Despite Colombia’s disappointing exit from the Copa America and the subsequent appointment of a new coach, goalkeeper David Ospina believes continuity – and not wholesale change – will be key to his side's hopes of qualifying for the 2014 FIFA World Cup Brazil™. Indeed, for Ospina, the past is very much in the past.
“We’re a work in progress,” said former coach Hernan Dario Gomez back in June, after his side booked their place in the quarter-finals of the Copa America. “We know that, little by little, we’re forming our own identity, style, and discipline.” Two months after Los Cafeteros’ last-eight defeat by Peru, Gomez stepped down and handed the reins to his assistant, Leonel Alvarez.
So do Gomez's words still ring true today? Or is it a case of back to square one? “Not at all,” Ospina told FIFA.com, refuting the latter claim. “The system hasn’t changed and the coach is keen to promote continuity.”
Alvarez was the unanimous choice among the players to take over after Gomez’s surprise resignation. He faces the task of leading Colombia to a FIFA World Cup for the first time since France 1998, but as Ospina explained, some of the foundations for success are already in place. “The change of coach is not a concern,” he said. “He was the assistant coach so he knows the system well. Nothing has changed and I don’t see why we should start everything from scratch.”
Gomez resigned at the beginning of August, and Alvarez, a former midfielder who won 101 international caps in his playing days, was officially named his successor on 8 September. A few days before his appointment, Alvarez watched Colombia score a total of four unanswered goals in friendly victories over Honduras and Jamaica.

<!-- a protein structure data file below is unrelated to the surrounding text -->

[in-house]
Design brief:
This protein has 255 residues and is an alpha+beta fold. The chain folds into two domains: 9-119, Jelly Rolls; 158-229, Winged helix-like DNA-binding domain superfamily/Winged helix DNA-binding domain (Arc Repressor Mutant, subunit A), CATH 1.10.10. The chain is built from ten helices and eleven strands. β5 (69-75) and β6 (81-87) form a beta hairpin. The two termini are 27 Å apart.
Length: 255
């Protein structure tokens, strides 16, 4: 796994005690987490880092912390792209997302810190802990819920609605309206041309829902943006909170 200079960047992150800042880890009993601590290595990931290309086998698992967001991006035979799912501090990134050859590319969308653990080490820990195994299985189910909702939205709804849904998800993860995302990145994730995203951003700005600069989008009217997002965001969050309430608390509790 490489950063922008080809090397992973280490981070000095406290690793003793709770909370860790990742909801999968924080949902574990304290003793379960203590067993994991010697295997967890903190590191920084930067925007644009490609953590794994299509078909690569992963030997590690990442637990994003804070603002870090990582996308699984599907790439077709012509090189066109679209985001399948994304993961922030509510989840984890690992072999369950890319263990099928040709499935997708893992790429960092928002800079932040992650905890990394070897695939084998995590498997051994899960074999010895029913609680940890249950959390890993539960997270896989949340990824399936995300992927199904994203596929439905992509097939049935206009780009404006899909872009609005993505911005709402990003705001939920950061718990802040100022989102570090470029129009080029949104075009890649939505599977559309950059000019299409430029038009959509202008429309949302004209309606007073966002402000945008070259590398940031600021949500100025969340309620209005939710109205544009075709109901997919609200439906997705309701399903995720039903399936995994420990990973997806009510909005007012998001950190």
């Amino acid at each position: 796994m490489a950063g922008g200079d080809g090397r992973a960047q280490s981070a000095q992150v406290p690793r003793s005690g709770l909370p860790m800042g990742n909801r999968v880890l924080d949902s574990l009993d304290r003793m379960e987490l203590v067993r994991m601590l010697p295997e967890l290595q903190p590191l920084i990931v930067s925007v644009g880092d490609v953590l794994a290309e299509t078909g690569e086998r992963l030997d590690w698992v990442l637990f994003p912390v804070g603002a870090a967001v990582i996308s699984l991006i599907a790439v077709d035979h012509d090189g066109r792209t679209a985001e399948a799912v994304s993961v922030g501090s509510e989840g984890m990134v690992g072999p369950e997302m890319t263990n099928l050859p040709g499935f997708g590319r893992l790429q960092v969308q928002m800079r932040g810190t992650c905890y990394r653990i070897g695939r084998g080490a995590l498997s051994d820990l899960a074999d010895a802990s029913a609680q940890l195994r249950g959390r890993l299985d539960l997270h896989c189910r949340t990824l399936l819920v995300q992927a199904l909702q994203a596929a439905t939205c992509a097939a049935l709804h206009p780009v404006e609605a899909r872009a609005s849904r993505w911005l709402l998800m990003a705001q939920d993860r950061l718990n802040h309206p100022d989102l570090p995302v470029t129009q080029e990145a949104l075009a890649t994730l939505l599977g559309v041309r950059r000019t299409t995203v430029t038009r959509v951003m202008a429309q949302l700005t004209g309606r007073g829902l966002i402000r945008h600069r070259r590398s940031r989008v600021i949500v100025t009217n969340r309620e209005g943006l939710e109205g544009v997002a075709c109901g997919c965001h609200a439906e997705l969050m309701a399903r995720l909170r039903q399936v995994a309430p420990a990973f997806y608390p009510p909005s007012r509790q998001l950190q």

“It’s the start of a new process,” said Ospina, who made his international debut four years ago in a 3-1 defeat by Uruguay. “I’m going to do everything I can to become first-choice,” added the keeper, no doubt keen to shine in Colombia’s qualifiers after missing their Copa America campaign with a double fracture of the nose.
Colombia begin their Brazil 2014 qualifying campaign on 11 October away to Bolivia, and Ospina is confident of a positive result. “We’ve reflected on our Copa America showing and to be honest, we did well, despite the fact that we were knocked out by Peru,” said the keeper, who plays for Nice in the French top flight.
“We were a bit unlucky in that match; we didn’t convert our chances and it cost us dearly,” Ospina continued. “But over the tournament as a whole, we played well. You always need to be self-critical when you play football at a high level, but now we have to be positive.”
Ospina’s personal ambitions aside, the Brazil 2014 qualifying campaign also represent a golden opportunity for Colombia as a team. Indeed, eternal favourites and perpetual qualifiers Brazil bypass the preliminaries as hosts, and their absence will no doubt give Los Cafeteros added hope of reaching the main event.
“Still, with nine teams in the group it’s going to be very, very tough,” said the former Atletico Nacional de Medellin keeper. “Without Brazil, the other sides will see it as their chance to reach the World Cup. It will be a long and difficult journey, because there are so many good South American players who compete in Europe.”
For Ospina, Colombia’s large European-based contingent also represents the biggest obstacle to success. “It’s nothing new for us, but when you have just three or four days together before a match and most of the players have to travel from a different continent, it doesn’t help your preparation,” said Ospina, who replaced French international Hugo Lloris at Nice.
“Fortunately we have intelligent players who can adapt very quickly to the national team’s tactical system,” he added. With Colombia’s first qualifier now just a matter of days away, Ospina will not have long to wait to put his assertion to the test.